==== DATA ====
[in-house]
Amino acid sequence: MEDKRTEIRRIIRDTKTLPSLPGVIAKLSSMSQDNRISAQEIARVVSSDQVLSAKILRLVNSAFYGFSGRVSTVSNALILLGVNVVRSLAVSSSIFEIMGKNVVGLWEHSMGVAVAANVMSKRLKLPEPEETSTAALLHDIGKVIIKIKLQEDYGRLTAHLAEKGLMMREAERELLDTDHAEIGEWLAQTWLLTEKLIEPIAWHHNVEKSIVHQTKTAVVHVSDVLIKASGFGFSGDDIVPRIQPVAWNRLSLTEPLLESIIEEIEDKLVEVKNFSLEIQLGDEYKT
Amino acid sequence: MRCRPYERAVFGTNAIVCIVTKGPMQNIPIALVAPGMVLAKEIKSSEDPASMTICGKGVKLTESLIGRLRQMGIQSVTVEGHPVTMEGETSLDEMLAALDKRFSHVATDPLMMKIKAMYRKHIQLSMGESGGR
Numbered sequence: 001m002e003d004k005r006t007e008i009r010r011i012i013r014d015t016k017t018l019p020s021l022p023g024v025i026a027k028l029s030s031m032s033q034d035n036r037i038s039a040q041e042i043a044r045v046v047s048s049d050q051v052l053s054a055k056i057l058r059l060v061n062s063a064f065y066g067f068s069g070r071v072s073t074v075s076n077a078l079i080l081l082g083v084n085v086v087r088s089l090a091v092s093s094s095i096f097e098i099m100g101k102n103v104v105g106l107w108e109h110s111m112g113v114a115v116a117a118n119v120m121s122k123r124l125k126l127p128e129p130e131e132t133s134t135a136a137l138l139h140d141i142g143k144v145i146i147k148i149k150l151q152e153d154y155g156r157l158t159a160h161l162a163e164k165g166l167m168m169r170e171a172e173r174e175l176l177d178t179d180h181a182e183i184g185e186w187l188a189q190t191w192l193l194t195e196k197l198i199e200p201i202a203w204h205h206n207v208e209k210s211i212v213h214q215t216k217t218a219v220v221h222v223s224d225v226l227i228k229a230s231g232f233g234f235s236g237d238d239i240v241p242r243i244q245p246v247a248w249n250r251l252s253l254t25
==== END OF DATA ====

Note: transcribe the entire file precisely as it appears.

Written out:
[in-house]
Amino acid sequence: MEDKRTEIRRIIRDTKTLPSLPGVIAKLSSMSQDNRISAQEIARVVSSDQVLSAKILRLVNSAFYGFSGRVSTVSNALILLGVNVVRSLAVSSSIFEIMGKNVVGLWEHSMGVAVAANVMSKRLKLPEPEETSTAALLHDIGKVIIKIKLQEDYGRLTAHLAEKGLMMREAERELLDTDHAEIGEWLAQTWLLTEKLIEPIAWHHNVEKSIVHQTKTAVVHVSDVLIKASGFGFSGDDIVPRIQPVAWNRLSLTEPLLESIIEEIEDKLVEVKNFSLEIQLGDEYKT
Amino acid sequence: MRCRPYERAVFGTNAIVCIVTKGPMQNIPIALVAPGMVLAKEIKSSEDPASMTICGKGVKLTESLIGRLRQMGIQSVTVEGHPVTMEGETSLDEMLAALDKRFSHVATDPLMMKIKAMYRKHIQLSMGESGGR
Numbered sequence: 001m002e003d004k005r006t007e008i009r010r011i012i013r014d015t016k017t018l019p020s021l022p023g024v025i026a027k028l029s030s031m032s033q034d035n036r037i038s039a040q041e042i043a044r045v046v047s048s049d050q051v052l053s054a055k056i057l058r059l060v061n062s063a064f065y066g067f068s069g070r071v072s073t074v075s076n077a078l079i080l081l082g083v084n085v086v087r088s089l090a091v092s093s094s095i096f097e098i099m100g101k102n103v104v105g106l107w108e109h110s111m112g113v114a115v116a117a118n119v120m121s122k123r124l125k126l127p128e129p130e131e132t133s134t135a136a137l138l139h140d141i142g143k144v145i146i147k148i149k150l151q152e153d154y155g156r157l158t159a160h161l162a163e164k165g166l167m168m169r170e171a172e173r174e175l176l177d178t179d180h181a182e183i184g185e186w187l188a189q190t191w192l193l194t195e196k197l198i199e200p201i202a203w204h205h206n207v208e209k210s211i212v213h214q215t216k217t218a219v220v221h222v223s224d225v226l227i228k229a230s231g232f233g234f235s236g237d238d239i240v241p242r243i244q245p246v247a248w249n250r251l252s253l254t25